[INTERVIEW] SKID ROW GUITARIST DAVE ‘SNAKE’ SABO ON SKID ROW THEN AND NOWby Iain McCallum on Jun 14, 2018 • 4:31 pm No Comments
They’ve sold over 20 million albums worldwide and now Skid Row are working on the final installment of the United World Rebellion trilogy, and will be heading out to tour Australia this October. The New Jersey heavy metal band has had numerous lineup changes, but founding members, bassist Rachel Bolan and guitarists Dave Sabo and Scotti Hill still remain, now with drummer Rob Hammersmith and frontman (former DragonForce vocalist) ZP Theart. TEO had a chat with Dave ‘Snake’ Sabo about all things in this ‘Monkey Business’ we call music and whether he really is a ‘Slave To The Grind.’
TEO: Skid Row will be here in October, what are you most looking forward to?
The people! Ever since we were first there in 1990, regardless of which venue we play, the attitude and culture down there is right in our wheelhouse. They have a zest for life, it’s not about working 12 hours and getting lost—you guys live life. That’s the way it should be.
Will the show be a combination of old and new songs?
Yeah, we know where we come from [and] we are proud of that. I still love playing ‘Youth Gone Wild,’ ‘18 & Life’ and ‘Monkey Business.’ I love them. We all do! People do too. We want people walking away going: ‘we got our money’s worth, that’s awesome.’
You’d sold over 20 million albums by the time 1995’s Subhuman Race came out. Was grunge the reason for the downturn in band fortunes?
It’s difficult to be objective about your own stuff. Music turns on itself every 10 years—what people loved a year ago they can’t stand now, so it needs to reinvent itself or it gets self-indulgent. The Nirvanas of the world came along and music needed that. Did it affect us? Yeah—we’re not that type of band. We were out having fun and a great time. I don’t begrudge any of that. I like that record a lot…it just didn’t connect [and] that’s okay, that’s life.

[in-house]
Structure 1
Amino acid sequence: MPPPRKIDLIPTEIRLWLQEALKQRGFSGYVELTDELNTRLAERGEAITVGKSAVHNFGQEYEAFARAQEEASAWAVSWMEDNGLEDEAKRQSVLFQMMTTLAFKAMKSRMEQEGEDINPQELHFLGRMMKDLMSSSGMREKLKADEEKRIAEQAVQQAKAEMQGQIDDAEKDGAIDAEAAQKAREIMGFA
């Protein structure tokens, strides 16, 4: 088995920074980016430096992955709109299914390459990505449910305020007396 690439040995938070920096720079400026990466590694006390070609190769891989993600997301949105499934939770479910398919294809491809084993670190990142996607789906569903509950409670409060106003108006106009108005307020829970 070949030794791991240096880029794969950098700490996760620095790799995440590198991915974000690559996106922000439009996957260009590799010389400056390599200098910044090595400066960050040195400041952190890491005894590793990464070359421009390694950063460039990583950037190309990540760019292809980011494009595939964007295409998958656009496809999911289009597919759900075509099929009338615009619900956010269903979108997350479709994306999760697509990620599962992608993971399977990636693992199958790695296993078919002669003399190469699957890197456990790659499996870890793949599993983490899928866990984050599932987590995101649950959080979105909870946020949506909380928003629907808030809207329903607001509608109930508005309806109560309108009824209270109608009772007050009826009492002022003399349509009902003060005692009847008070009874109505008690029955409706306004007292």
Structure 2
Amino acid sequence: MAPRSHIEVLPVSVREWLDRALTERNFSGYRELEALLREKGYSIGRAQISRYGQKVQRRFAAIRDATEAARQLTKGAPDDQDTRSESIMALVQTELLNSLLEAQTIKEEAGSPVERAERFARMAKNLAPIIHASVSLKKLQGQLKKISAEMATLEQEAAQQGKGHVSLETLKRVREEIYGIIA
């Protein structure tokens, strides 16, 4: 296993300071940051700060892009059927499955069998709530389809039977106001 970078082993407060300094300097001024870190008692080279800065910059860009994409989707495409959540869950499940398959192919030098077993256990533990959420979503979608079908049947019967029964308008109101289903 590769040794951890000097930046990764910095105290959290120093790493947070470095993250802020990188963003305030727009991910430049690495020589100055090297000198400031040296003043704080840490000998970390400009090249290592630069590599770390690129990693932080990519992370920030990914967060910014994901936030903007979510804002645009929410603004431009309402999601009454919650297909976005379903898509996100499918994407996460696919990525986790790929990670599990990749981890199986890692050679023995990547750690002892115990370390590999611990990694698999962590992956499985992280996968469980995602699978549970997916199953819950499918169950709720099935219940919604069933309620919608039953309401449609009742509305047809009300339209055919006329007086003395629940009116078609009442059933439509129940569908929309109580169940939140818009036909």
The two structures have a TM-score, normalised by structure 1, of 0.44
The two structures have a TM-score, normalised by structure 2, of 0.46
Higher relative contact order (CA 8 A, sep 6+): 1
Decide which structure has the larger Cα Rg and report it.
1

When I look back at that record, there was a lot of conflict and we were busting apart. Maybe the lack of success of that record helped us drift further apart. Maybe us drifting further apart is a reason that record didn’t connect.
How does the industry treat you differently now from back then?
It’s completely different! 25 years ago, you snap your fingers and you get what you want, you’re selling records! Same as any industry, once you stop making money, people look elsewhere. I wasn’t devastated by it. Sort of surprised that different people didn’t stick around. By and large, I wasn’t super shocked though. When you’re everyone’s favourite son, you’re the favourite son. When you’re not, they find someone else.
You also work on the other side though, as manager of Down.
That’s one of the reasons I got into it. I’d seen every aspect of the business, the highs and lows. I wanna make sure that the people I work with, my friends, I want to protect them. At the very least, the artists I work with would know I have their back, fighting on their behalf.
How tired do you get of people asking for ex-band members to re-join the band?
[Laughs] two words: next question!
Thursday 18 October – BRISBANE, Eatons Hill Hotel
Friday 19 October – MELBOURNE, Prince Bandroom
Saturday 20 October – SYDNEY, Manning Bar
Sunday 21 October – PERTH, Astor Theatre
Tuesday 23 October – ADELAIDE, The Gov
Wednesday 24 October – AUCKLAND, The Studio
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